Outstanding and brilliant…..A few SPOILERS included!!!! I felt it’s important to let readers in on the few I share. But none of them will take away the readers own spellbinding experience.
This is a novel written with purpose beyond the storytelling….yet its page turning storytelling-engrossing.
The American Civil War was brutal….1861 to 1865…. between the north and south. It was a nasty war of controversy over enslavement of Black People in our America.
Following the Civil War…( the story that author, Michael McLellan brings us), ….
attitudes regarding race in the south hardened. Reinforced by pseudo-Scientific reports that claimed that whites were a superior race, and by religious claims that whites had been chosen by God to have domain over others, the southern states passed laws regarding miscegenation and other forms of racial mixing ( including segregated schooling, housing, and healthcare). Race functioned to rationalize thoughts and behavior, to explain both human behavior and social status as being innate.
As a biracial South developed, The Indians were placed in a difficult position. Many had been slave owners prior to the Civil War and had attitude toward African-Americans that were similar to Southern Americans. On the other hand, the Southern Americans viewed the world as having only two kinds of people: Whites and others, (including African-Americans, coloreds, and Indians).
This historical fiction novel mostly focuses on ‘the others’: The horrific devastation done to Blacks, and the Indigenous People.
In the war, both sides used African-Americans for military purposes; in the south as slave labor and in the north as wage labor and military volunteers. Over 100,000 ex-slaves fought for the union and over 500,000 fled their plantations for union lines.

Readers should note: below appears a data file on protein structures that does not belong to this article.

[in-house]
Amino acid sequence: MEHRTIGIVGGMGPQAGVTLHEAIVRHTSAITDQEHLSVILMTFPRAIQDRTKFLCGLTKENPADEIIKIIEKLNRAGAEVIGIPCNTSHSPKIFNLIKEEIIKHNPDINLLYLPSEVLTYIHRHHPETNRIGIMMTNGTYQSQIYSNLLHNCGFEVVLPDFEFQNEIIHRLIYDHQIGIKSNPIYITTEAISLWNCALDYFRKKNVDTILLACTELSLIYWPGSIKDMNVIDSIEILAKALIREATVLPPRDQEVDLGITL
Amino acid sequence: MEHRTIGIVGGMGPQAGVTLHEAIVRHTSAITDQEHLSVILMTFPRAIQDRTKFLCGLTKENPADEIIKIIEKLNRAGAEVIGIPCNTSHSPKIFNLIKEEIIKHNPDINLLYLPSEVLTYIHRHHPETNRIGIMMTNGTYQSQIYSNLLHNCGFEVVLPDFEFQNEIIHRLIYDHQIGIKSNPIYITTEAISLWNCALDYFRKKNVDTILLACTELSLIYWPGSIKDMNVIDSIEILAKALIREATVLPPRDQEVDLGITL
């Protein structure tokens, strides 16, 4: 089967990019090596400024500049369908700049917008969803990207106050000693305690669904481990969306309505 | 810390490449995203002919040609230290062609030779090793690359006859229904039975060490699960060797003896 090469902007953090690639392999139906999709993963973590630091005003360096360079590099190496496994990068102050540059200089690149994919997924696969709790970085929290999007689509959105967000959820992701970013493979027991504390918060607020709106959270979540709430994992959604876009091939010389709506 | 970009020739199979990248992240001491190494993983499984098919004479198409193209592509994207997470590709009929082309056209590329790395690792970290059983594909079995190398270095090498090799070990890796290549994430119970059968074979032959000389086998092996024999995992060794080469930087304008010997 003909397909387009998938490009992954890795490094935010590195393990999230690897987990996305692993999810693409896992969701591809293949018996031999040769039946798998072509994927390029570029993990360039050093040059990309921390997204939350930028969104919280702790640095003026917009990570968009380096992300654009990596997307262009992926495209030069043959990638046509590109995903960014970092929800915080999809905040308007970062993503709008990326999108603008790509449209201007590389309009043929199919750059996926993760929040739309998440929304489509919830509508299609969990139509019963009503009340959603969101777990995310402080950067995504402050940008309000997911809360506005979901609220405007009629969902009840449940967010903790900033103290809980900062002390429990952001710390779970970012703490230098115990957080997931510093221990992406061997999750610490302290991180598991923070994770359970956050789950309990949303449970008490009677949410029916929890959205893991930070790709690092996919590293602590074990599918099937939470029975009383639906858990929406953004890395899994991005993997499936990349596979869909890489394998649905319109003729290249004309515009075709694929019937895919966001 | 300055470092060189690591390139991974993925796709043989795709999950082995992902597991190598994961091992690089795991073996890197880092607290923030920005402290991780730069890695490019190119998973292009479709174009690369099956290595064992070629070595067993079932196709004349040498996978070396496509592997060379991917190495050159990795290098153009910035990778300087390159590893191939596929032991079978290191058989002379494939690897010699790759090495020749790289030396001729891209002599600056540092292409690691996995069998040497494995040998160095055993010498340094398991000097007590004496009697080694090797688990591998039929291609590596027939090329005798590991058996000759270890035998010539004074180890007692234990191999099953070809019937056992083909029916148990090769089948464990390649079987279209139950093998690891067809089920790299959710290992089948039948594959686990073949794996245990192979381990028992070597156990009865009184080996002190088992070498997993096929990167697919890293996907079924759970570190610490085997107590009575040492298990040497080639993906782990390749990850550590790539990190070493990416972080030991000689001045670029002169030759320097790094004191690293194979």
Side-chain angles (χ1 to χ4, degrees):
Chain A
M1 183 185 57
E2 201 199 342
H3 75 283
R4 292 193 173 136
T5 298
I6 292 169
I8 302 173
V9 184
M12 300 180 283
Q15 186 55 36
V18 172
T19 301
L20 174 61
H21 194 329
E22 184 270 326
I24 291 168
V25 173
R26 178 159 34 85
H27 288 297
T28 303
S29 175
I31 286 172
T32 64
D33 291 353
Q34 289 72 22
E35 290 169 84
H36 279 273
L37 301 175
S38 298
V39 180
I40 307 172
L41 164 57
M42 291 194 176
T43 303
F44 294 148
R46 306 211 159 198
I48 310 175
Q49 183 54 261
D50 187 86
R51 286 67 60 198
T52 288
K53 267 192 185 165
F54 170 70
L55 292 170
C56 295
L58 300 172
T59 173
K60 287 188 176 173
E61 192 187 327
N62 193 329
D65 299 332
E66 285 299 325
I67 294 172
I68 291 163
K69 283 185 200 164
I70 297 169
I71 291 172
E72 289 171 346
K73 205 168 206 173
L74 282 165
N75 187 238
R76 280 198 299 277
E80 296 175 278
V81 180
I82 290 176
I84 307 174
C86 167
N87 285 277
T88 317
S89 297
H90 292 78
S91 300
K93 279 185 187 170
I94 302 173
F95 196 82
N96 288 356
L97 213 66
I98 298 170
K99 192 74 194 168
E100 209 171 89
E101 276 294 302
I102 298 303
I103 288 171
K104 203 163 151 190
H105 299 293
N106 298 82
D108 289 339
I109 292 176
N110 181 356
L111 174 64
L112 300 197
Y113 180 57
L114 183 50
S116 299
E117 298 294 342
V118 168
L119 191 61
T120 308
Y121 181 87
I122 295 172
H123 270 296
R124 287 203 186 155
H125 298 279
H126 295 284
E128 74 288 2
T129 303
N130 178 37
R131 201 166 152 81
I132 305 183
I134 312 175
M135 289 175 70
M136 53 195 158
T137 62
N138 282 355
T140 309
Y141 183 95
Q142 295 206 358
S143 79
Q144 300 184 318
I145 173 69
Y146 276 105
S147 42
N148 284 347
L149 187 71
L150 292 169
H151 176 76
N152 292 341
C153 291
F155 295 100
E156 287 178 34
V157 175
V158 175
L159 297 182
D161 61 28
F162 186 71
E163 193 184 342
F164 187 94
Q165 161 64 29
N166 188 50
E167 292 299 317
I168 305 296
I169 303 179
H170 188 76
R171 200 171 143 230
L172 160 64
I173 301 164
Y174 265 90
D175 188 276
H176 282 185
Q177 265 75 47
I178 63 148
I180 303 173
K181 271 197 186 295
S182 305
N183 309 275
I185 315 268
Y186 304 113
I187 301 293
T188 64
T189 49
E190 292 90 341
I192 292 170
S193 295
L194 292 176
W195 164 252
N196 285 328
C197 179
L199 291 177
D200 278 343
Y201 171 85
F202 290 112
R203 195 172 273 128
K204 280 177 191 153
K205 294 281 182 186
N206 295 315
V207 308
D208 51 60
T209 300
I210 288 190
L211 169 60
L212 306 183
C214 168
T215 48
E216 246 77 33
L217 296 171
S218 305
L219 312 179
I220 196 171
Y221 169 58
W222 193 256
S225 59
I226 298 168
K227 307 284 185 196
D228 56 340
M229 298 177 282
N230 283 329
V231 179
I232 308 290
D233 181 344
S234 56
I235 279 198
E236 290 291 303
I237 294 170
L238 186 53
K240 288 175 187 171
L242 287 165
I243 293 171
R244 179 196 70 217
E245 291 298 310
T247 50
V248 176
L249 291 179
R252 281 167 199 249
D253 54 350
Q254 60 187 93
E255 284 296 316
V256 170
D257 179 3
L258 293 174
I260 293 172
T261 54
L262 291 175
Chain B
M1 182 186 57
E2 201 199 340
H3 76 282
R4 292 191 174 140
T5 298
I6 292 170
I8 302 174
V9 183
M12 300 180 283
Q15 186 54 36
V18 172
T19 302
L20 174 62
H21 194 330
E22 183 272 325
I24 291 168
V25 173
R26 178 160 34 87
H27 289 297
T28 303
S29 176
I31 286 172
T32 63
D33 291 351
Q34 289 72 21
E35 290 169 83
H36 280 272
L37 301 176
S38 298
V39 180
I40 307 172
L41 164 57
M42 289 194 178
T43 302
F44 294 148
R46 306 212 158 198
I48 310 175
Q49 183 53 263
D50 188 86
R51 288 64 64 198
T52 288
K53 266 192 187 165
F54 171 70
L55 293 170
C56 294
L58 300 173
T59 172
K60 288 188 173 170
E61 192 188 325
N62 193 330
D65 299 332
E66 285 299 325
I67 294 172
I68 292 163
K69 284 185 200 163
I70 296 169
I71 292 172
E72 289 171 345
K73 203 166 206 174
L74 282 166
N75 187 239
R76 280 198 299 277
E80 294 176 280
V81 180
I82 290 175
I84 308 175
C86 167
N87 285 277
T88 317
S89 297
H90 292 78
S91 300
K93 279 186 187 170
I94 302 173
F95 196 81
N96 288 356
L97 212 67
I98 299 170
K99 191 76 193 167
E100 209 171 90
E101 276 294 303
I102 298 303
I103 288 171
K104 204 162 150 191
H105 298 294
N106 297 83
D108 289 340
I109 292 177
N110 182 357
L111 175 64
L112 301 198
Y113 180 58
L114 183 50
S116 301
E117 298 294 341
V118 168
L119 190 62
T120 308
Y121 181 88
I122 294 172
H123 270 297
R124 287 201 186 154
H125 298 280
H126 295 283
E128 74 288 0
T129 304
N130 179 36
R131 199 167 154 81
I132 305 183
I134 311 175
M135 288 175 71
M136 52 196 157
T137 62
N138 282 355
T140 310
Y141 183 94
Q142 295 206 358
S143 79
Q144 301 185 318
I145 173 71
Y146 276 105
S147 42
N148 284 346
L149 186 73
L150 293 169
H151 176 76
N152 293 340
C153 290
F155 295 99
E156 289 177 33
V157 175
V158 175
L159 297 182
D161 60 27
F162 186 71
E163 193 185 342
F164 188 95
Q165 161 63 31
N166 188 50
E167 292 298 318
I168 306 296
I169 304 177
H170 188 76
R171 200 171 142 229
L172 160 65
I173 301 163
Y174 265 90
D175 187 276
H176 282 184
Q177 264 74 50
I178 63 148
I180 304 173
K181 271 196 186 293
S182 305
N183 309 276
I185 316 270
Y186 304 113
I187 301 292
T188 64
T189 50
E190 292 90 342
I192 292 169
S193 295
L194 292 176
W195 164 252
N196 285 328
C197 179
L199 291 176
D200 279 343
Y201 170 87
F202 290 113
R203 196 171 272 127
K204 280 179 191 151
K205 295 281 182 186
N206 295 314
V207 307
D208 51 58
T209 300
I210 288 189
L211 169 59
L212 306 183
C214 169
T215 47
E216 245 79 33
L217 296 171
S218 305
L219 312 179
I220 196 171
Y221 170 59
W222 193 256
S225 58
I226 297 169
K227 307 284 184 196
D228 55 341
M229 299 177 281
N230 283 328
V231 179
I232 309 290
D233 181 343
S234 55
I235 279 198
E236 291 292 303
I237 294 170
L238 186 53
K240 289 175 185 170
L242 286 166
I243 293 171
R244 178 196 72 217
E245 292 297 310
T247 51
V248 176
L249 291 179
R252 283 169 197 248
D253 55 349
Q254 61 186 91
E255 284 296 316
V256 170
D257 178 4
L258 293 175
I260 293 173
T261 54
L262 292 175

On January 1, 1863, President Abraham Lincoln announced the Emancipation Proclamation, making 3 million blacks legally free….
Henry, a tall black man, over 6 feet tall, was one of those free slaves…..with legal ‘freedom-papers’ that wouldn’t mean a damn if caught by a Jayhawker. But he heard from several sources that they would do better heading north – rather than south. So, leaving Missouri, Henry and Eliza, ( a petite black slave woman – the love of each other’s lives, from the same tobacco plantation), followed the river northeast with their destination being Illinois. Eliza dies early in the story. The events that happened never leave you.
Henry was raised on a plantation near Osceola, Missouri, by a woman named Harriet. His own mother died during childbirth. His father, had been stabbed to death by another slave when Henry was 3 years old.
Harriet taught, Henry, at a young age, not to argue with white people. She wasn’t particularly affectionate, and put him to work by the age of 7, ( drying tobacco), but she certainly never hit him.
Henry’s life changed forever at age 15, when he was bought at the slave auction.
It wasn’t long until the hitting and whipping began.
“Remove your clothes and put them over there”. He choked back tears- was homesick for his little shanty on the edge of the tobacco field. He would never hear Harriet’s sweet singing voice as she chopped vegetables ever again.
Much later in the story – Henry will name his mare, Harriet.
His journey as an African American in the south – after the Civil War – is gut wrenching – DEVASTATING EXPERIENCES – with moments of hope, blessings, and thankfulness, too….( especially to Cheyenne Indian Chief and tribe), but so much was terrifying. The violence, depravity, and mayhem, was horrifying. I kept reading because I trusted the storytellers, (author’s ), authenticity.
But there were a few scenes where I had to break my reading – TO RECOVER.
Michael McLellan’s sharply chiseled prose sets up two story lines: